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December 11, 1943 - Image 1

Resource type:
The Michigan Daily, 1943-12-11

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iti l



13 days till Christmas




FDR Flies

Fathers May
Be Deferred
Preferential Status
Given Dads; Roosevelt
Approves Draft Delay
By The Associated Press
WASHINGTON, Dec. 10-Presi-
dent Roosevelt's approval of a Con-
gressional effort to slow the father
draft was followed tonight by selec-
tive service instructions giving pref-
erential draft status to fathers em-
ployed in war production.
In new orders to local draft boards,
Major General Lewis B. Hershey,
Selectitve Service Director, declared
that existing regulations should be
"liberally construed" with respect to
occupational deferment of fathers.
Deferment Rules Listed
"'1Fathers who are eligible for oc-
cupational deferment under the pro-
visions of local board memorandum
No. 115 (authorizing draft boards to
weigh replaceability) and who are
making, contributions in war produc-
tion or in support of the war effort
are usually stable employes and if
other factors are equal, will normally
be accorded deferment in preference
to non-fathers," Hershey advised.
Otherwise, Presidential approval of
the Father-Draft Bill apparently
failed to change materially the status
of 1-A dads, for when' the Army
wants them-they're going.
McNutt's Power Hit
Disregarding a veto request from
War Manpower Commissioner Paul
V. McNutt, the President signed the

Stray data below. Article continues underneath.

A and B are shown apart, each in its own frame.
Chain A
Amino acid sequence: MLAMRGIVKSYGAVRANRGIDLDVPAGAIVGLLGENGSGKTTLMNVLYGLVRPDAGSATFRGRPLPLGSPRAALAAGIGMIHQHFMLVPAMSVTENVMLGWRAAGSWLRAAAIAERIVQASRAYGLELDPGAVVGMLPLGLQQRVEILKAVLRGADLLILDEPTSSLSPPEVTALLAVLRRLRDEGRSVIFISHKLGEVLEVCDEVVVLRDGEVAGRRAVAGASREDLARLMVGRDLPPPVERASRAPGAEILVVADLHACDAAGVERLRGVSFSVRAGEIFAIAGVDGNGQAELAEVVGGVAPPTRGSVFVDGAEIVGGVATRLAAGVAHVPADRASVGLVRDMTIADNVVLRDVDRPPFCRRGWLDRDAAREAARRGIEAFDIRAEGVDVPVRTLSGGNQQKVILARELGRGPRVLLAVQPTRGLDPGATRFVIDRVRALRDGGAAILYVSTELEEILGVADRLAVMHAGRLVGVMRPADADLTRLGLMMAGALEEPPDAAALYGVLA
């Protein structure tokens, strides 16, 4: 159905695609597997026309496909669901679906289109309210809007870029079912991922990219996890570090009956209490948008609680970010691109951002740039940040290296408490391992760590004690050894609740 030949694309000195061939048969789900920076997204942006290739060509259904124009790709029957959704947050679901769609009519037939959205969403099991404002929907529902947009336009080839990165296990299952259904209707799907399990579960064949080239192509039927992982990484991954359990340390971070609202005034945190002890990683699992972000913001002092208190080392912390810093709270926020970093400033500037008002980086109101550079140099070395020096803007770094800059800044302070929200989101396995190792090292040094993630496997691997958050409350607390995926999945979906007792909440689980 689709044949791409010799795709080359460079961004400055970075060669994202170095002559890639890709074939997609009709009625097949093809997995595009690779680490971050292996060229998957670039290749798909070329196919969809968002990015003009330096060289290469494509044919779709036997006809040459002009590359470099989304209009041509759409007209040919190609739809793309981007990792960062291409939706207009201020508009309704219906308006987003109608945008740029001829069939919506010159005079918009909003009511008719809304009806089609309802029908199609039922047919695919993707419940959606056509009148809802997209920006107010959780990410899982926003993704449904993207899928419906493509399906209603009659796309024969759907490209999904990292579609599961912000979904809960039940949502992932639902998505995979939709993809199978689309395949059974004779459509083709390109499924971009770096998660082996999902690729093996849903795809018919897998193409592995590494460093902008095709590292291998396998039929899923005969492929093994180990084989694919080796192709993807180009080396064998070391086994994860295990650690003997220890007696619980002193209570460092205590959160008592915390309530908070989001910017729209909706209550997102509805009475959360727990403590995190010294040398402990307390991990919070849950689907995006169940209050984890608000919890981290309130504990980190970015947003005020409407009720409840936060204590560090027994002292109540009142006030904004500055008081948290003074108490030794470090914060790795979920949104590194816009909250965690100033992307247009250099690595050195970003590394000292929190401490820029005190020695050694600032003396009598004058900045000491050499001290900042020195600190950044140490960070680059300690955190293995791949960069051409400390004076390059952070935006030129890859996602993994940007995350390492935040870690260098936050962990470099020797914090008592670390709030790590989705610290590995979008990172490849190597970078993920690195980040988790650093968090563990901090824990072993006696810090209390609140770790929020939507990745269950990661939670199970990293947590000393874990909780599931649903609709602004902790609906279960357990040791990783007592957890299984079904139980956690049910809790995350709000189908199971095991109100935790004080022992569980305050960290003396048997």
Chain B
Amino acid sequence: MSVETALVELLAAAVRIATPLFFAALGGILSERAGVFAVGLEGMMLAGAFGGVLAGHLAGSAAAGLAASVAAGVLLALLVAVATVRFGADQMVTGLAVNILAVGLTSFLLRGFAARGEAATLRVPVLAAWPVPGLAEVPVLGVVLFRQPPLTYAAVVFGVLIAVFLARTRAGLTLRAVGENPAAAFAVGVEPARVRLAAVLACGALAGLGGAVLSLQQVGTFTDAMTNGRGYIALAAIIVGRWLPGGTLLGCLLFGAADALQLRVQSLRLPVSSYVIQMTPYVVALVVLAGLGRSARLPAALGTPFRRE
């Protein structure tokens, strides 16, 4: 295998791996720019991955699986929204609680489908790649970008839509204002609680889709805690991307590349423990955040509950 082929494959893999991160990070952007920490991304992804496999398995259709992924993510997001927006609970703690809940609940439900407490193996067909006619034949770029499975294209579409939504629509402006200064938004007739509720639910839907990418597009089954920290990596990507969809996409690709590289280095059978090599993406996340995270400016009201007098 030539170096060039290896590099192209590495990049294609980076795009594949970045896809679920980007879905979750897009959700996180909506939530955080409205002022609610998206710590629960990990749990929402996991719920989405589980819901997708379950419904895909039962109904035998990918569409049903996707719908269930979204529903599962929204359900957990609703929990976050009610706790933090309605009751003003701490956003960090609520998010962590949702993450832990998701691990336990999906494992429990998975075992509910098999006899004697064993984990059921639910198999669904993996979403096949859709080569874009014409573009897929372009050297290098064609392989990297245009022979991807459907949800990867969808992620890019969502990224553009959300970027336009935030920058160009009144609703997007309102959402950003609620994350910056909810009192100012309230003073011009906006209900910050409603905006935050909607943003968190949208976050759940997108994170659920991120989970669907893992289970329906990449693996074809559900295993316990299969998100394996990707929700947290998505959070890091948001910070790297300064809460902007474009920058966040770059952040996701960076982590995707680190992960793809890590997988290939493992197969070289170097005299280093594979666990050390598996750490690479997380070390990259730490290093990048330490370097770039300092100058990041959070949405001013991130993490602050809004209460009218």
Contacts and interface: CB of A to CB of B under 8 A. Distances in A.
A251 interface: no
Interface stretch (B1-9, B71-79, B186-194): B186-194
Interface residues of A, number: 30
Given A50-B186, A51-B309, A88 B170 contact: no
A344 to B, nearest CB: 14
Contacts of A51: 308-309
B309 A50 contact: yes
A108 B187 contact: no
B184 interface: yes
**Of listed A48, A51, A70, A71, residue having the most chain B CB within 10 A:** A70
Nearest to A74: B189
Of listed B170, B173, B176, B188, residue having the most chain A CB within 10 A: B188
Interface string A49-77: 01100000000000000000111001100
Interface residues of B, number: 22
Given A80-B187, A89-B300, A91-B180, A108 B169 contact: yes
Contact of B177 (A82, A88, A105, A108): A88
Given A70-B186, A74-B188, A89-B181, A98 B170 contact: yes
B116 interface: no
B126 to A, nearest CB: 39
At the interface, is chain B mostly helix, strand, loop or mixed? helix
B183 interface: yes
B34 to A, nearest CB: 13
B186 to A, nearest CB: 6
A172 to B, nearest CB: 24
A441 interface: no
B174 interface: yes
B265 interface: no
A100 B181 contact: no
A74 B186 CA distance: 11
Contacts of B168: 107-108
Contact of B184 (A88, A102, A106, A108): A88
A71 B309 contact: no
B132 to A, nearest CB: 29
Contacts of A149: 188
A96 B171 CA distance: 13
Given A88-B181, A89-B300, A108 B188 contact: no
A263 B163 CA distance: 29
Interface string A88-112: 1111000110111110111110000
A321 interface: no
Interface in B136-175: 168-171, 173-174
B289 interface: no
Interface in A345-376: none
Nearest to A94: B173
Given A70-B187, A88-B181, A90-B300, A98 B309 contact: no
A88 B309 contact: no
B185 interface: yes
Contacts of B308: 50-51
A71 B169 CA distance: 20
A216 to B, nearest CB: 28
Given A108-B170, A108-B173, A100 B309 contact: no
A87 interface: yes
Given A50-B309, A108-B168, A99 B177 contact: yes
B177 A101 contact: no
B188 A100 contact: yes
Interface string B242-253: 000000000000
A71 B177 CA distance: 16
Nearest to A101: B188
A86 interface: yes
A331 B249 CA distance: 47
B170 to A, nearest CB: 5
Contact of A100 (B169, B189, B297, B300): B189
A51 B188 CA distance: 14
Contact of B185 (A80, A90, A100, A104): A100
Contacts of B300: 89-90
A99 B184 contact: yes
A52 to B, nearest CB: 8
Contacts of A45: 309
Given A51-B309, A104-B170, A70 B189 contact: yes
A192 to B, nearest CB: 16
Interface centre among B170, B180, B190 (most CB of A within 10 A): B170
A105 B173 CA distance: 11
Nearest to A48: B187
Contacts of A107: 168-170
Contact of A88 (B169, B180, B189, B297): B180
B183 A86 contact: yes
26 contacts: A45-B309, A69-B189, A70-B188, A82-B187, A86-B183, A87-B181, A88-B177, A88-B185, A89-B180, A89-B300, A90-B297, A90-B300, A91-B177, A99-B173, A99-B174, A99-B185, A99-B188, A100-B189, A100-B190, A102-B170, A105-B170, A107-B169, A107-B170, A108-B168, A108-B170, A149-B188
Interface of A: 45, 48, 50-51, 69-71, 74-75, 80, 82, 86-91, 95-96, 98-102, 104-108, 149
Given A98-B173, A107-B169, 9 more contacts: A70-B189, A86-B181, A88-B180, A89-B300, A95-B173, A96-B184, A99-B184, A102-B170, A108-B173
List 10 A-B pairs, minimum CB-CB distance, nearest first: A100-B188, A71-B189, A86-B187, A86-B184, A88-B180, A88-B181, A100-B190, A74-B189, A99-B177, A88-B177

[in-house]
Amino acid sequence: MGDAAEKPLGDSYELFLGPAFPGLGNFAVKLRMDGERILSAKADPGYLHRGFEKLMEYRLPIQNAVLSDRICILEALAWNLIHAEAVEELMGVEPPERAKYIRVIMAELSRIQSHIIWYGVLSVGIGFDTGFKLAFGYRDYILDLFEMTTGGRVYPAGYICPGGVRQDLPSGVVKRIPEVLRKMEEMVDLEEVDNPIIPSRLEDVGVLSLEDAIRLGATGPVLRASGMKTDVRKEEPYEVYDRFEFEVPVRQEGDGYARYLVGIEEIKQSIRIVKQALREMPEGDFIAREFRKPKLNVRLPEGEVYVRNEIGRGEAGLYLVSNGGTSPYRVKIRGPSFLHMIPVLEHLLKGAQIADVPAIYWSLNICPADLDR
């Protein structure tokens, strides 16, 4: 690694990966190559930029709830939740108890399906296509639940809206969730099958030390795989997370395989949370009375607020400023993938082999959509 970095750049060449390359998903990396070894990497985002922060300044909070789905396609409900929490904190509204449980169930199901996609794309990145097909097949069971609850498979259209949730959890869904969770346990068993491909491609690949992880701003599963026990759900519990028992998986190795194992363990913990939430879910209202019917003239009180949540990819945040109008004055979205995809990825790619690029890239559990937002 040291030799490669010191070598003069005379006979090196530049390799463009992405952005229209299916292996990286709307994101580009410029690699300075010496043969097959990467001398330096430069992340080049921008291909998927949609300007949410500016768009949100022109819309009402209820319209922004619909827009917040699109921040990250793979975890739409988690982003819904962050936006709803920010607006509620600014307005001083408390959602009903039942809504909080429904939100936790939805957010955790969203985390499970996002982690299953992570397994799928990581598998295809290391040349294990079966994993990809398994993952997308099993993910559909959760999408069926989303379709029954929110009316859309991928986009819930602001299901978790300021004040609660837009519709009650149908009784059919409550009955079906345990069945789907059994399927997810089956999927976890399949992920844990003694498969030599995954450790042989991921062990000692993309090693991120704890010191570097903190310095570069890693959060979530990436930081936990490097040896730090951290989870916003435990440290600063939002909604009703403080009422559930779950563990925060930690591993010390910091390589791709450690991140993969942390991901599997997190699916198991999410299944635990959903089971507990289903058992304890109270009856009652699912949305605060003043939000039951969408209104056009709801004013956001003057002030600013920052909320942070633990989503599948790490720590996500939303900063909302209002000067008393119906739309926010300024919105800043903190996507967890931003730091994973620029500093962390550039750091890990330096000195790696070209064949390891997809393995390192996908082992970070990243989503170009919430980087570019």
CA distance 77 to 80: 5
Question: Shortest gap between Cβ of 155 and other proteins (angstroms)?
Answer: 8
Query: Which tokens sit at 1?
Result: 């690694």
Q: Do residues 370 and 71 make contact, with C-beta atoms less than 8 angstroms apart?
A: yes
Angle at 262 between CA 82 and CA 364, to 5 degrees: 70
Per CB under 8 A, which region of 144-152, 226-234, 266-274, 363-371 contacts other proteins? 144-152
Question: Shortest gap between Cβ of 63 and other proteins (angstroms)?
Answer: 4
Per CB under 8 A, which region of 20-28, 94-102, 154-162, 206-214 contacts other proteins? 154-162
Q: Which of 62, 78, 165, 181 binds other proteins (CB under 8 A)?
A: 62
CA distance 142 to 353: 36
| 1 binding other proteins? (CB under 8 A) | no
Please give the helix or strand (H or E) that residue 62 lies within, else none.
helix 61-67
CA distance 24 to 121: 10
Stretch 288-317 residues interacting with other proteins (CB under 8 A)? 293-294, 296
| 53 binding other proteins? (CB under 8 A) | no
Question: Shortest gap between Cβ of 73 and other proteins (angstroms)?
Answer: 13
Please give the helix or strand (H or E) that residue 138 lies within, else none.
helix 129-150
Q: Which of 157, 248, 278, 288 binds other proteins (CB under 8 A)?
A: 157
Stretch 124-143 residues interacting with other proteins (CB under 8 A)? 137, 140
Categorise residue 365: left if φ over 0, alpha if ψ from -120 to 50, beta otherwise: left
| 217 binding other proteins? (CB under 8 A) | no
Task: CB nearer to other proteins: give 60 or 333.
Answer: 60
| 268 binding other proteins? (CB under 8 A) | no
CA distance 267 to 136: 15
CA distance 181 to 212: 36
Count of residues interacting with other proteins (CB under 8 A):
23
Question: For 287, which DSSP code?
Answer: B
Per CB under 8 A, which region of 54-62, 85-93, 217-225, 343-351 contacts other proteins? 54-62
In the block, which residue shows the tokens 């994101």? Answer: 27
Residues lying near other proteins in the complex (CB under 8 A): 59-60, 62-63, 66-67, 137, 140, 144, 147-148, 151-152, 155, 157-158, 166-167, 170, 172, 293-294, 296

bill 'which strips McNutt of all auth-
ority over selective service at the
same time it orders prewar fathers
placed at the bottom of the draft
pool-provided such action does not
interfere with the "orderly flow of
the nation's manpower into the arm-
ed forces."
US Censorship
Is Liberalized
Army, Navy Control of
Battle Reports Stands ,
WASHINGTON, Dec. 10-(P)-Am-
erica's censorship on the home fronti
was liberalized in some respects to-
day, but the changes do not affect the
complete military control of all news,
from the fighting fronts.
Byron Price, director of the Office
of censorship, eliminated a number1
of restrictive requests from the vol-
untary ,codes governing the press andl
radio, and expressed the opinion that
the trend of censorship in the field
covered by his civilian agency would
be downward henceforth.
News from the actual war fronts is
not affected by the code revisions, for
there the Army and Navy continue in
complete control of all news and cor-
respondents are pledged to submit all
matter for military censorship. The
voluntary codes continue to recognize
this censorship-at-the-source.
O'Hare' Downed'
In Air Battle
By The Associated Press
(Delayed)-Lt. Commander Edward
H. (Butch) O'Hare, famous fighter
pilot, was shot down in a night aji
battle over the Central Pacific two
nights ago while American airmen'
were breaking up an attack of 30 or
40 Japanese torpedo planes on Unit-
ed States carrier force, his flying

companions said today.
Stories told by a squadron com-
mander, a fighter pilot, radioman andj
gunner, the last to see O'Hare in the
air, were not in complete agreement.
But the action was swift and in the
darkness with the blinding of tracer
fire and the flames from burning